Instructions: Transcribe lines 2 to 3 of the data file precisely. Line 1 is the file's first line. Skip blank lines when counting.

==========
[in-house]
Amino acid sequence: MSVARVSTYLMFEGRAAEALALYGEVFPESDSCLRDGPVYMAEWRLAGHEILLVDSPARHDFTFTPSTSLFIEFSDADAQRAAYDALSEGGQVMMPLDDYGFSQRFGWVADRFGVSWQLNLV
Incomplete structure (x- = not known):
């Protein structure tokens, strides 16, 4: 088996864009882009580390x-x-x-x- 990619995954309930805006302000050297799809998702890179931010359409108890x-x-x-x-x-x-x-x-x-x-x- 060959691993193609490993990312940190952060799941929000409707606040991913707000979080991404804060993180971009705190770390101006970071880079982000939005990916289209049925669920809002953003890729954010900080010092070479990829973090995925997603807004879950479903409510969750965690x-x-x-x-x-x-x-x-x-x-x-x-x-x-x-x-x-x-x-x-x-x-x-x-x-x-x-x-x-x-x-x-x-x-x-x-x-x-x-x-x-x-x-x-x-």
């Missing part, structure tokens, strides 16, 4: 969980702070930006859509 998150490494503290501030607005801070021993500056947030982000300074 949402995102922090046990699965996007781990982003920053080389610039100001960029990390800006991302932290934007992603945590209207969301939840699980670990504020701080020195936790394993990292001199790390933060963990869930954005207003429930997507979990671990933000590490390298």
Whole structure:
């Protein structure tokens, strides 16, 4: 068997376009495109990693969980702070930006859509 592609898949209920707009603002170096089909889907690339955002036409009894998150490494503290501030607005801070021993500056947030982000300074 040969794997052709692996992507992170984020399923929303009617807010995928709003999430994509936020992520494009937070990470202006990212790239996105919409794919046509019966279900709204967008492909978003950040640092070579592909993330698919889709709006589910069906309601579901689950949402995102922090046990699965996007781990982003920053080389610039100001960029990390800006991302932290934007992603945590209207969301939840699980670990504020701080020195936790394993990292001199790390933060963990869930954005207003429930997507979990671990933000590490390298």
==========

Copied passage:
Amino acid sequence: MSVARVSTYLMFEGRAAEALALYGEVFPESDSCLRDGPVYMAEWRLAGHEILLVDSPARHDFTFTPSTSLFIEFSDADAQRAAYDALSEGGQVMMPLDDYGFSQRFGWVADRFGVSWQLNLV
Incomplete structure (x- = not known):